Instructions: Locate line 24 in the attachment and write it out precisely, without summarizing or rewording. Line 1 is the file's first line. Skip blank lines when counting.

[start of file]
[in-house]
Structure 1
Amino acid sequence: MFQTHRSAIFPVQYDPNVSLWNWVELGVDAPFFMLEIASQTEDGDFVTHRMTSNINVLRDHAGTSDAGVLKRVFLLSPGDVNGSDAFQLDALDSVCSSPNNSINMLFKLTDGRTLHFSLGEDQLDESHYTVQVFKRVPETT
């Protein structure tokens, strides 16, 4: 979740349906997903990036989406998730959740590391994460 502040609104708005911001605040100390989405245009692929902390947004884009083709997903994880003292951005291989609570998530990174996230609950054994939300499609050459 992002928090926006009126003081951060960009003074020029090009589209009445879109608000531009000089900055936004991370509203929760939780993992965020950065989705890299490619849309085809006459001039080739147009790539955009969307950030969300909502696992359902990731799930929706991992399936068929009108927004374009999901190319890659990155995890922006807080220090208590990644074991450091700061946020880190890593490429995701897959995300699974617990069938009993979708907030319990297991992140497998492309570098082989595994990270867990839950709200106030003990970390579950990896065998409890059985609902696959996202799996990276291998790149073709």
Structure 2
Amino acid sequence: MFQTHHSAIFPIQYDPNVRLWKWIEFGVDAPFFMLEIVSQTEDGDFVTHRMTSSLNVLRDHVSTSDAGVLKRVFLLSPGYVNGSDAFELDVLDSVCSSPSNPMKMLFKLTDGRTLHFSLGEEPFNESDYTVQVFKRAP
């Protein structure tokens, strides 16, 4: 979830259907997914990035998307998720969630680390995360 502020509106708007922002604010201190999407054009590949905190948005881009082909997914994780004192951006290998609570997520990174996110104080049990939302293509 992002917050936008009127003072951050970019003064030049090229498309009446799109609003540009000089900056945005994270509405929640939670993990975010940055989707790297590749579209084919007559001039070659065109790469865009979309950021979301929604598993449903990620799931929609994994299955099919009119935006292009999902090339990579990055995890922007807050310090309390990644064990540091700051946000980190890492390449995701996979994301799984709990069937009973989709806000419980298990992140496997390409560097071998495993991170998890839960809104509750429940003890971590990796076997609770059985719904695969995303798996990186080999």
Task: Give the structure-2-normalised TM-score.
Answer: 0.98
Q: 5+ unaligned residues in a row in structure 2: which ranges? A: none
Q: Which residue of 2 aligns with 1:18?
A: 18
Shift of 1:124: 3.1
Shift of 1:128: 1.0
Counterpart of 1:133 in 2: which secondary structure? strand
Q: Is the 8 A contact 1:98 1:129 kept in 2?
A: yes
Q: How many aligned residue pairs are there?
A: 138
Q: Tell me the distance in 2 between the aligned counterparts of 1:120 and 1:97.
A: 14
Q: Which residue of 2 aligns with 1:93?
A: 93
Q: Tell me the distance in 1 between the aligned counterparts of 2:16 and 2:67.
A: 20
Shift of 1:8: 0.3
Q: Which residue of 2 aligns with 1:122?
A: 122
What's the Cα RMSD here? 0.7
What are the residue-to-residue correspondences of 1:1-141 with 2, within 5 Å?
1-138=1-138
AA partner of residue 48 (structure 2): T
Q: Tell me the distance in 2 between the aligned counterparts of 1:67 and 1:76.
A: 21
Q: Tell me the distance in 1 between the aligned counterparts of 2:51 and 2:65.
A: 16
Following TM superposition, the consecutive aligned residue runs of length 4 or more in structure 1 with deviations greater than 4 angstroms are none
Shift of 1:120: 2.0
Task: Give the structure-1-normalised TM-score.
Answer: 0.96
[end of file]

Q: Tell me the distance in 1 between the aligned counterparts of 2:16 and 2:67.